I get flipped off every Tuesday afternoon on Sproul Plaza. Why, you might ask, does such an irregular event occur to me on such a regular basis? The answer, dear reader, is that I am a libertarian at one of the most notoriously liberal universities in the nation: our beloved UC Berkeley.
Fear not, this isn’t a universal event that occurs to every “conservative” at Cal. Rather, I am a particular case since I founded Cal’s current libertarian student organization, Students for Liberty, as a sophomore. Thus, while tabling over the past two years with my club’s showy signs, some dissenters have taken a liking to channeling their disagreement through a middle-fingered drive by. I usually respond with a smile, wave and invitation for my spontaneous opponent to explain why he or she flipped me the bird, hoping it could progress into a political discussion. Unfortunately, my calls for civility are usually never met.
Justifying my political beliefs in words, they must think, how inconceivable!
Indeed, when your political ideology aligns with that of the majority at Berkeley, it must seem unnecessary to call into question the logical grounding of your opinions. After all, everyone agrees! However, students such as myself with views that deviate from the liberal norm are not in such a position of privilege, having to be constantly on the defensive. The primary front for such an intellectual attack is indubitably in the classroom. It is no secret that many courses in the humanities and social sciences are heavily politicized, causing discussion sections to be loaded with partisan discourse. This can be rather difficult for freethinkers, as one’s participation grade often conflicts with one’s political principles.
Personally, I have found that the best antidote to this ailment is to be an especially good student, paying close attention to the philosophical substance behind every argument. In this manner, I can appear to be an attentive pupil without clinging to the unfavorable libertarian label. Most importantly, being attentive to the arguments propagated in the classroom helps develop the intellectual ammunition to explain why you believe something is incorrect.
In fact, the nineteenth century philosopher John Stuart Mill shared a similar view about the importance of persistent intellectual re-evaluation, famously claiming that “No wise man ever acquired his wisdom in any mode but … The steady habit of correcting and completing his own opinion by collating it with those of others.” According to Mill, who we would doubtlessly label a libertarian today, only two results could emerge from discoursing with dissenting views — both of which are intellectually profitable.
In one case, we could discover that our beliefs are incorrect and abandon them for those of superior reasoning. In the other, we could emerge with greater confidence that our beliefs are correct “having taken up (the) position against all gainsayers.” I confess that I came to Berkeley as a fairly ignorant libertarian with some strong opinions and weak justifications. However, after three years of constant exposure to dissenting opinions through classes and the club I founded, I feel that this “steady habit of correcting and completing” has given greater strength to my beliefs.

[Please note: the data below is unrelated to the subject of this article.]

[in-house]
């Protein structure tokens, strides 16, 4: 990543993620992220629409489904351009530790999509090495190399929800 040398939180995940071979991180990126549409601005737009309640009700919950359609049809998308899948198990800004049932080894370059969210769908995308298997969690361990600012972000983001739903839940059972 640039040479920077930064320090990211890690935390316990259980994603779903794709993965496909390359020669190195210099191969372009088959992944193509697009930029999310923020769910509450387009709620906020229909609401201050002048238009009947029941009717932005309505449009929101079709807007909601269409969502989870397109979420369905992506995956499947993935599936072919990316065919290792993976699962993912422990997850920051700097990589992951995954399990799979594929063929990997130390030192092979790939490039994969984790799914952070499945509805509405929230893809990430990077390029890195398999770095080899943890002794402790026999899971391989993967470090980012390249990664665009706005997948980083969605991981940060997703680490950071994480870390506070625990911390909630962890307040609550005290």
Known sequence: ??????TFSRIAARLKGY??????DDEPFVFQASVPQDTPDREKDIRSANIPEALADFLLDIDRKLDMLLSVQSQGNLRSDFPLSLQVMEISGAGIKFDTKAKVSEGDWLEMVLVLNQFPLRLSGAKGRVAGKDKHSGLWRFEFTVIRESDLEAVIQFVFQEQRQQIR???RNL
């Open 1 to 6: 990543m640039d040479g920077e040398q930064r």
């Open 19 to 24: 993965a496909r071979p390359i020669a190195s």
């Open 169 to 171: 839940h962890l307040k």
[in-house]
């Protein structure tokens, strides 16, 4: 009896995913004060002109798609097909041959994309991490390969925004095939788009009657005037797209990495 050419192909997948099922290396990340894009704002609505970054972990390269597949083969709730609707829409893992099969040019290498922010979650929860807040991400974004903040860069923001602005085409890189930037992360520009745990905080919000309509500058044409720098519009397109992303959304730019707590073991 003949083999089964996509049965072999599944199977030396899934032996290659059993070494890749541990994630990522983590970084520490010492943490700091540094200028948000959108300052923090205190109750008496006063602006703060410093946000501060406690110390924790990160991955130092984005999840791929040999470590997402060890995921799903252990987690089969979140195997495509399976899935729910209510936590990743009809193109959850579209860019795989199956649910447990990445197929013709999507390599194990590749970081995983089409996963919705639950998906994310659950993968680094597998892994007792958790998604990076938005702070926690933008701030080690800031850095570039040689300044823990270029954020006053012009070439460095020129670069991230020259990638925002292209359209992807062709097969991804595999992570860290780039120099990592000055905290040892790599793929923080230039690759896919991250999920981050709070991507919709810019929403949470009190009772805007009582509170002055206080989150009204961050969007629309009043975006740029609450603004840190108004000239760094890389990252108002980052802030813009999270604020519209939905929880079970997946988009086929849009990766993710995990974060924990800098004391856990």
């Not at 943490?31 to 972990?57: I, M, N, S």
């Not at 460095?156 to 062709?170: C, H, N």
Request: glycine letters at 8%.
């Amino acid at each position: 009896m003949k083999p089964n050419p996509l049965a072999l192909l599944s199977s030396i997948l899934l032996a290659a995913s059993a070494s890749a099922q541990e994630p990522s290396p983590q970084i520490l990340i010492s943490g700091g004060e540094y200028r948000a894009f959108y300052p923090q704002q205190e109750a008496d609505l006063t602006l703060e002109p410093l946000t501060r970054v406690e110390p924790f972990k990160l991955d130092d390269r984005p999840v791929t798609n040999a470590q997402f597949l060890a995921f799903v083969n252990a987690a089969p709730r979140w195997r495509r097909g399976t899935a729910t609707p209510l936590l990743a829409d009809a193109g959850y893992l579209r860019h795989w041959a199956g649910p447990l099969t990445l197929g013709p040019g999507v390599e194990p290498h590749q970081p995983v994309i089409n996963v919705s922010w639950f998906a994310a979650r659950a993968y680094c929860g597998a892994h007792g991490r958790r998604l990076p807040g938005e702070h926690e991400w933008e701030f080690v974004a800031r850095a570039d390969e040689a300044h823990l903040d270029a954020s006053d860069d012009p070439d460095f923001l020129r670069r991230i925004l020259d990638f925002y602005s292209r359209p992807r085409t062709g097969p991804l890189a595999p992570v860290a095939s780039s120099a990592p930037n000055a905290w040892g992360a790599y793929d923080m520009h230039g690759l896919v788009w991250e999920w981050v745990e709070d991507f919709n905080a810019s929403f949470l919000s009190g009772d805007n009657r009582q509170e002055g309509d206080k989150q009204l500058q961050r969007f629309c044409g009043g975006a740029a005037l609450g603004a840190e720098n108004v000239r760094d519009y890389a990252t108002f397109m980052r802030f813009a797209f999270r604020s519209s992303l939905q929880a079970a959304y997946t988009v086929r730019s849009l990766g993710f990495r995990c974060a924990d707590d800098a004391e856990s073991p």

If only more people would follow suit.
Indeed, if anything, I would like my column to function as a call for my fellow Berkeleyans to challenge the underlying assumptions of their political beliefs.
Fear not, I won’t abuse this space as a soapbox for libertarian evangelizing. If you’d like to “see the light” in that sense, you can find Preacher Given on Sproul during my Tuesday tabling sessions (but please use words, not middle fingers).
Instead, I will take a unique approach of exploring campus and national politics through exposing the larger philosophical debates inherent in each issue, while delicately dropping my two cents. Granted, my radical skepticism coupled with my libertarian sentiments will likely prove to be a contentious combination.
After all, I will be questioning everything from whether our university should be publicly funded at all — seriously — to whether the ASUC should even exist (this is not hyperbole, people). However, at the end of each article, I’d ultimately like you to lay the paper down with a stronger understanding of your position, even if it’s discordant with mine.
The ancient Greek philosopher Socrates once described himself as the “gadfly” of Athens, rousing the metaphorical horse of the state from intellectual sloth.
Essentially, I hope my column can serve the same function for Berkeley students pertaining to politics, challenging us all to think critically about issues that we too often oversimplify.
So watch out, Golden Bears, this gadfly is about the bite!
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